For the black community in memphis, the return of spring meant the return of baseball at Martin's Stadium, home of the Red Sox from 1923 to 1960. "Ah, man, lotta people and pretty girls," blues legend B.B. King once said of the ballpark, where he used to perform before games.
The photographer Ernest Withers, a North Memphis native who would document the civil rights movement for African-American newspapers and the mainstream press, made countless pictures in the 1940s and '50s of the Sox and their fans: white-gloved women with perfectly coiffed hair and pearls; dapper men in suits and fedoras; smiling kids on the lookout for their favorite athletes. "This was back when Negro Baseball was Negro Baseball," Withers says. "Those games were the place to be." His book of photographs, Negro League Baseball, has just been published by Harry N. Abrams.
Born in 1922, Withers became interested in photography in high school. He enlisted in 1943, trained at the Army School of Photography and was shipped to the South Pacific, where he helped build roads and bridges, and took pictures of fellow soldiers. When the war ended, Withers returned to his hometown as a commercial photographer covering what he calls "the black side of life" at weddings, funerals, parties and concerts.
"My interest was sending my seven boys and one girl to college, which I did, and I appreciate my pictures for that," he says in his homey Beale Street office, which is practically overrun with photographs, negatives, old newspaper clippings and equipment. "It was the time, and I was just recording the time. It was my job." Still is. At 83, Withers photographs press conferences, church socials and the like for the daily Commercial Appeal and other publications.
Baseball was among his earliest subjects. He showed up at Martin's Stadium for games and, with his twin-lens Rolleiflex camera, took pictures of home-team players like the great southpaw Verdell Mathis, not to mention visiting stars such as Satchel Paige and Ted "Double Duty" Radcliffe, who hurled fastballs one day and caught them the next. Withers developed the negatives and prints at home, washing them in the bathtub and drying them in the oven. Occasionally he sold the photographs at the ballpark for $1 apiece. He also produced 8 x 10 glossies of the athletes for the four Martin Brothers, wealthy blacks (two physicians, a dentist and a pharmacist) who owned the Red Sox and the stadium.
Black-only baseball squads had existed since before the Civil War, but there was no organized competition until former pitcher Rube Foster helped form the Negro National League in 1920, which was relaunched in 1933 and joined by the Negro American League in 1937. Clubs such as the Birmingham Black Barons, Indianapolis Clowns and New York Cubans often held games at off times in Major League stadiums or barnstormed across the country to challenge community teams. By the mid-1940s, black baseball was pulling in more than $2 million a year.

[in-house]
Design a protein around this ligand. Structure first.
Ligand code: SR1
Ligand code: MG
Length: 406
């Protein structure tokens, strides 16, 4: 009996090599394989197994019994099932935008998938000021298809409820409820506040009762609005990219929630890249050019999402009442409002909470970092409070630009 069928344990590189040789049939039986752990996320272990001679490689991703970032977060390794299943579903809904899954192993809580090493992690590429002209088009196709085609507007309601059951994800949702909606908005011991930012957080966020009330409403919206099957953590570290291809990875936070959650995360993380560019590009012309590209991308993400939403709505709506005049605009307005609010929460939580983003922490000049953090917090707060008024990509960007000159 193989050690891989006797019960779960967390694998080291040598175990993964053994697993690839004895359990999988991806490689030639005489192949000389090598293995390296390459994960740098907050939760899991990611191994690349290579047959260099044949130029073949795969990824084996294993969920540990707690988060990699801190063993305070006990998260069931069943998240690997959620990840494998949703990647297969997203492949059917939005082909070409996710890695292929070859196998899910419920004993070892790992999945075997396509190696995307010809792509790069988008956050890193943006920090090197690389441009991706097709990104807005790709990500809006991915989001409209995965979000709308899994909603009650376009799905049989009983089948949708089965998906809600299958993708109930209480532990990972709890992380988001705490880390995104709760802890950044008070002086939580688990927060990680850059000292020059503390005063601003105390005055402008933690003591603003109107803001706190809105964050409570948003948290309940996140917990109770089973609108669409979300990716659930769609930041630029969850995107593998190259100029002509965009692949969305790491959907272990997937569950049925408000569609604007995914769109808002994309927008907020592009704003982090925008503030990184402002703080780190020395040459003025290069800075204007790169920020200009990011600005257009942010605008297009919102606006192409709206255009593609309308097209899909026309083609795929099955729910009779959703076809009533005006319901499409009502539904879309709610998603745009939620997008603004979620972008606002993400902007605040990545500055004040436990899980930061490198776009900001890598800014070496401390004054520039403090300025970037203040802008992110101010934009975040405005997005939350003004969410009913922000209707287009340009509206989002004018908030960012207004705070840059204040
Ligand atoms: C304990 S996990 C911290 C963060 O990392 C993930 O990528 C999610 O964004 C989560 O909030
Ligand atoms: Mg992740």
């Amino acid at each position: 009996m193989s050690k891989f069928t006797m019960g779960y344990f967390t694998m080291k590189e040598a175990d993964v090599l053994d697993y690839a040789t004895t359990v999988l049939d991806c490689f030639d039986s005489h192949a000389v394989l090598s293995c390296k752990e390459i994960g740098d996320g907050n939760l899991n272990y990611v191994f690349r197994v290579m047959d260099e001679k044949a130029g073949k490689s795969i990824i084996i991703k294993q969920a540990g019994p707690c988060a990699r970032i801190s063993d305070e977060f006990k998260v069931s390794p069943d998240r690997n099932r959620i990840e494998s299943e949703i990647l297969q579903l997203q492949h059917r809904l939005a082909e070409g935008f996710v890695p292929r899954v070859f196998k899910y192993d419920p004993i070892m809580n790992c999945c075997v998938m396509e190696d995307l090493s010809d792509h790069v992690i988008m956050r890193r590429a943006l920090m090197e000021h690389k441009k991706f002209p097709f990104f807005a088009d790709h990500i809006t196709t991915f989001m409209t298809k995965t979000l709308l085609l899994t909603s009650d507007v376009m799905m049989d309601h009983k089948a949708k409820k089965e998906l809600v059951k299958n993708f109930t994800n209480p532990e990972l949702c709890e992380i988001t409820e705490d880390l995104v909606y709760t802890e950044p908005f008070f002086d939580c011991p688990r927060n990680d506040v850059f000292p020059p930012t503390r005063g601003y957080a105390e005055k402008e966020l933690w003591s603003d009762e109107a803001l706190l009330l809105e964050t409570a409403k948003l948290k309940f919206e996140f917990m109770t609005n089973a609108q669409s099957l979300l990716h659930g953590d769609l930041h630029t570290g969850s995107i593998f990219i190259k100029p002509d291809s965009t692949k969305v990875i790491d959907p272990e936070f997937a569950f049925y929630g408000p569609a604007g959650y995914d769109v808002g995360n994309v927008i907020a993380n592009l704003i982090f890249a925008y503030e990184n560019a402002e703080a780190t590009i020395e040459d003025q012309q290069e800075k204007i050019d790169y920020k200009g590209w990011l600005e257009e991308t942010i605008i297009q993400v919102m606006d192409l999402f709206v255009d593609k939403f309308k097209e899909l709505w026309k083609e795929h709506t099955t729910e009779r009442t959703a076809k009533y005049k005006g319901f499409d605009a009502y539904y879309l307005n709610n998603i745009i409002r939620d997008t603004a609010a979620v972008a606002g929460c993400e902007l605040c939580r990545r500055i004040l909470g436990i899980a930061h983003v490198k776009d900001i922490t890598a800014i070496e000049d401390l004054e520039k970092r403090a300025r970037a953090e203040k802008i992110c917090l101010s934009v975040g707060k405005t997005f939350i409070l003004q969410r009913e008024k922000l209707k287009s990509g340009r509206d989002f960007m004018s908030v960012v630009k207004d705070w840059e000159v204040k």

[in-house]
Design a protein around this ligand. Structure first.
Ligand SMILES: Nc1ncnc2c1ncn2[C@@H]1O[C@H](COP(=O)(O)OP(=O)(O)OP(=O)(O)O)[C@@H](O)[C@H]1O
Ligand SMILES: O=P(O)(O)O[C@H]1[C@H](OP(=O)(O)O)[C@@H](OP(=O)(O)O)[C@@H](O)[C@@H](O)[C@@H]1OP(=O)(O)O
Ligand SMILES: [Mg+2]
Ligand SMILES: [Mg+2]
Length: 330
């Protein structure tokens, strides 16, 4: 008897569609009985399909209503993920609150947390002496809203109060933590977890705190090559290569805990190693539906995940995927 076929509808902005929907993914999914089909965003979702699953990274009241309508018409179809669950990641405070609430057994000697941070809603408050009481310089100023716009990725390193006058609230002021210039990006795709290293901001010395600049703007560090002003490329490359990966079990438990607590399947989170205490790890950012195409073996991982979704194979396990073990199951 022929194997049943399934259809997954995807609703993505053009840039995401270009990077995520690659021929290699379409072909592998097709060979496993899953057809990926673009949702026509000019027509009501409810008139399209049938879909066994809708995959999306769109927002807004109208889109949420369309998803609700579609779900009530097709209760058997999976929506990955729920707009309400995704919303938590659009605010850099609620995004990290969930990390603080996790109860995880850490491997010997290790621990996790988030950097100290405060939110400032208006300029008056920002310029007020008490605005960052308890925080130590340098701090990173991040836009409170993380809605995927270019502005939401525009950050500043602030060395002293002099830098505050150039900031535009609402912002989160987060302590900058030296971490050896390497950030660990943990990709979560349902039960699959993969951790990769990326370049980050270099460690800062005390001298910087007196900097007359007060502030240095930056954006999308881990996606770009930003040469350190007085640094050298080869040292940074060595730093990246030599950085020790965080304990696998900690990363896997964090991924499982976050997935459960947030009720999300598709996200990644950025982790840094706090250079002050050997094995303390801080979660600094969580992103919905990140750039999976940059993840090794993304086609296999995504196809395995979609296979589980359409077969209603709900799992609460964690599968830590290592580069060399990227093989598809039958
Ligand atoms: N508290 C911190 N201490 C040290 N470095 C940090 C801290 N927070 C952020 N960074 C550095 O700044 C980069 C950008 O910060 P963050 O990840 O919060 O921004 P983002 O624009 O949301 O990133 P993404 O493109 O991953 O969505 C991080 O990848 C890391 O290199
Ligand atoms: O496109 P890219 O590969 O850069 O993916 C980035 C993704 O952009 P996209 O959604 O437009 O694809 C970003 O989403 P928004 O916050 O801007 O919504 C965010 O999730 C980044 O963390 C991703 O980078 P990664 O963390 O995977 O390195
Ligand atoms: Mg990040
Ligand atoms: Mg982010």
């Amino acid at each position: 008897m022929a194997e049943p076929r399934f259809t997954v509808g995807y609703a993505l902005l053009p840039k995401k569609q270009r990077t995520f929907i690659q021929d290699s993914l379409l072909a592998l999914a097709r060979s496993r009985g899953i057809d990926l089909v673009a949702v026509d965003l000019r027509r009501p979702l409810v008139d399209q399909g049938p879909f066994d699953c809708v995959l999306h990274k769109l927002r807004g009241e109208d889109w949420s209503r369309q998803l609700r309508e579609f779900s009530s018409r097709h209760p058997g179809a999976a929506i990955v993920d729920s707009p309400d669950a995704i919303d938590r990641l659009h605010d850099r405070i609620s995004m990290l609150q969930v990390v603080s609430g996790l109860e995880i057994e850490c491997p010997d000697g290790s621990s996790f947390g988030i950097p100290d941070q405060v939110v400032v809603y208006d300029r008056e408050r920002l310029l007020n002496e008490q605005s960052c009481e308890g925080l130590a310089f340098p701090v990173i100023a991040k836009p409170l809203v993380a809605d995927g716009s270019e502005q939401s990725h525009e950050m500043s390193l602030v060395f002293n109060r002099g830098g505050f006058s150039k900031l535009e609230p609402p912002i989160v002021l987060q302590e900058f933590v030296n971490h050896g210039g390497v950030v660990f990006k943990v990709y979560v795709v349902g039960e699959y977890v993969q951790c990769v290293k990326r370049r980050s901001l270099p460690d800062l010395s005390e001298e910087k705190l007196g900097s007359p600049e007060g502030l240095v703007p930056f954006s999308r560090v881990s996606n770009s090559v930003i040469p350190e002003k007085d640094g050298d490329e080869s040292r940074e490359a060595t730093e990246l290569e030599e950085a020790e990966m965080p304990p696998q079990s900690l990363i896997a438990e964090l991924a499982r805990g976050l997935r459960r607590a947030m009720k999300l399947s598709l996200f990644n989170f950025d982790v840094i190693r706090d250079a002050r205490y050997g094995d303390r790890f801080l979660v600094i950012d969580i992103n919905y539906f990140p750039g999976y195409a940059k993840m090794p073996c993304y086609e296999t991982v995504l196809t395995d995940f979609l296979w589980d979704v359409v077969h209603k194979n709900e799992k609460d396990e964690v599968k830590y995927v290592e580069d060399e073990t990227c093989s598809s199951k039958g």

Then, on April 15, 1947, former UCLA track and football star Jackie Robinson, who had played one season with the Negro American League's Kansas City Monarchs, suited up for the Brooklyn Dodgers, integrating Major League Baseball. Others followed, and over the next 12 seasons African-Americans—including Robinson, Roy Campanella, Willie Mays and Hank Aaron—won nine Rookie of the Year and nine Most Valuable Player awards. "These guys had been playing ball all their lives—they were older than typical rookies, they knew the game—and what they had to adjust to was off the field, for the most part," says Raymond Doswell, curator of the Negro Leagues Baseball Museum in Kansas City, Missouri.
In the late 1940s, Withers photographed the National League's Robinson and Larry Doby—the first black player in the American League, with the Cleveland Indians—at Martin's Stadium during an exhibition game. Ernie Banks, then of the Monarchs but soon to be a Chicago Cub, sits off to the side. The picture represents one of the last great moments of the Negro League, before black clubs lost so much talent to the Majors that they had to fold.
Withers' rise to prominence began with a self-published pamphlet documenting the sensational 1955 trial of the accused murderers of Emmett Till, an African-American teenager killed for whistling at a white woman. Withers recorded the integration of Ole Miss in 1962 and the funeral of Martin Luther King Jr. in 1968. He captured the blues movement springing up on Beale Street, photographing B.B. King, Elvis Presley, Tina Turner and others. "The same quality that makes his baseball pictures important also makes his civil rights and other pictures important—the quality of the insider view," says F. Jack Hurley, author of Portrait of a Decade: Roy Stryker and the Development of Documentary Photography in the Thirties. "His images achieved an intimacy, a level of comfort, that no one else could have reached."
Withers says his work was about getting close to people—literally. "I've never been a super telephoto photographer," he said. "I'm not wrapped up in technology. I'm a photographer that gets in and moves up on the image."